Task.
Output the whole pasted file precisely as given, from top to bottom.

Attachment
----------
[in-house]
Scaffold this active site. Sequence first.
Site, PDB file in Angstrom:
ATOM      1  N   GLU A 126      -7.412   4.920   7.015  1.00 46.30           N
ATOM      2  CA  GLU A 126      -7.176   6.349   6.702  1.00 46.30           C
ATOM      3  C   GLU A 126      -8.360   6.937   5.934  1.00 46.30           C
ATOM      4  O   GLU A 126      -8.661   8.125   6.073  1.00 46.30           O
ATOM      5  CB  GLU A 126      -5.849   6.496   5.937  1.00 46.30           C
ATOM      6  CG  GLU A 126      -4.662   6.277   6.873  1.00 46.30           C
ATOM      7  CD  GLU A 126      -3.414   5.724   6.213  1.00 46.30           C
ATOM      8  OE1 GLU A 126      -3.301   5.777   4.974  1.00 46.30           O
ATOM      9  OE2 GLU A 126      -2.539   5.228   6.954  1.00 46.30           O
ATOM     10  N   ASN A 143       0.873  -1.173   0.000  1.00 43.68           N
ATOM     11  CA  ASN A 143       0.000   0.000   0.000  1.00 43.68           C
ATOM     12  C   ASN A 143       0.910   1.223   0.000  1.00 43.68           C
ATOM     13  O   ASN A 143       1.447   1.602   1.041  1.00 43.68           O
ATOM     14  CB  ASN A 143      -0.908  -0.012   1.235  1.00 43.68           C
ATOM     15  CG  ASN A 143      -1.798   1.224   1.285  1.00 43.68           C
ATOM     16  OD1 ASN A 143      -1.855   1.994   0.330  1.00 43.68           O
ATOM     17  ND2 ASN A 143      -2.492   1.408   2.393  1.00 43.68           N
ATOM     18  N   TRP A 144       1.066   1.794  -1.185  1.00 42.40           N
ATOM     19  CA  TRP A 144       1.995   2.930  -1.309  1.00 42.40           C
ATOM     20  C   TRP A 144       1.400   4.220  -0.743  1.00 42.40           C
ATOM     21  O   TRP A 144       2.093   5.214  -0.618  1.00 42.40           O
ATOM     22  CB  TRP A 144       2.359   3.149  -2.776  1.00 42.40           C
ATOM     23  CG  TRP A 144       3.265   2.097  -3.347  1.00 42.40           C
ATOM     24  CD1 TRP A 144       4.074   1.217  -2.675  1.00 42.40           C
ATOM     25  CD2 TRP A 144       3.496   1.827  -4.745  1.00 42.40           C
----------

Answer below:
[in-house]
Scaffold this active site. Sequence first.
Site, PDB file in Angstrom:
ATOM      1  N   GLU A 126      -7.412   4.920   7.015  1.00 46.30           N
ATOM      2  CA  GLU A 126      -7.176   6.349   6.702  1.00 46.30           C
ATOM      3  C   GLU A 126      -8.360   6.937   5.934  1.00 46.30           C
ATOM      4  O   GLU A 126      -8.661   8.125   6.073  1.00 46.30           O
ATOM      5  CB  GLU A 126      -5.849   6.496   5.937  1.00 46.30           C
ATOM      6  CG  GLU A 126      -4.662   6.277   6.873  1.00 46.30           C
ATOM      7  CD  GLU A 126      -3.414   5.724   6.213  1.00 46.30           C
ATOM      8  OE1 GLU A 126      -3.301   5.777   4.974  1.00 46.30           O
ATOM      9  OE2 GLU A 126      -2.539   5.228   6.954  1.00 46.30           O
ATOM     10  N   ASN A 143       0.873  -1.173   0.000  1.00 43.68           N
ATOM     11  CA  ASN A 143       0.000   0.000   0.000  1.00 43.68           C
ATOM     12  C   ASN A 143       0.910   1.223   0.000  1.00 43.68           C
ATOM     13  O   ASN A 143       1.447   1.602   1.041  1.00 43.68           O
ATOM     14  CB  ASN A 143      -0.908  -0.012   1.235  1.00 43.68           C
ATOM     15  CG  ASN A 143      -1.798   1.224   1.285  1.00 43.68           C
ATOM     16  OD1 ASN A 143      -1.855   1.994   0.330  1.00 43.68           O
ATOM     17  ND2 ASN A 143      -2.492   1.408   2.393  1.00 43.68           N
ATOM     18  N   TRP A 144       1.066   1.794  -1.185  1.00 42.40           N
ATOM     19  CA  TRP A 144       1.995   2.930  -1.309  1.00 42.40           C
ATOM     20  C   TRP A 144       1.400   4.220  -0.743  1.00 42.40           C
ATOM     21  O   TRP A 144       2.093   5.214  -0.618  1.00 42.40           O
ATOM     22  CB  TRP A 144       2.359   3.149  -2.776  1.00 42.40           C
ATOM     23  CG  TRP A 144       3.265   2.097  -3.347  1.00 42.40           C
ATOM     24  CD1 TRP A 144       4.074   1.217  -2.675  1.00 42.40           C
ATOM     25  CD2 TRP A 144       3.496   1.827  -4.745  1.00 42.40           C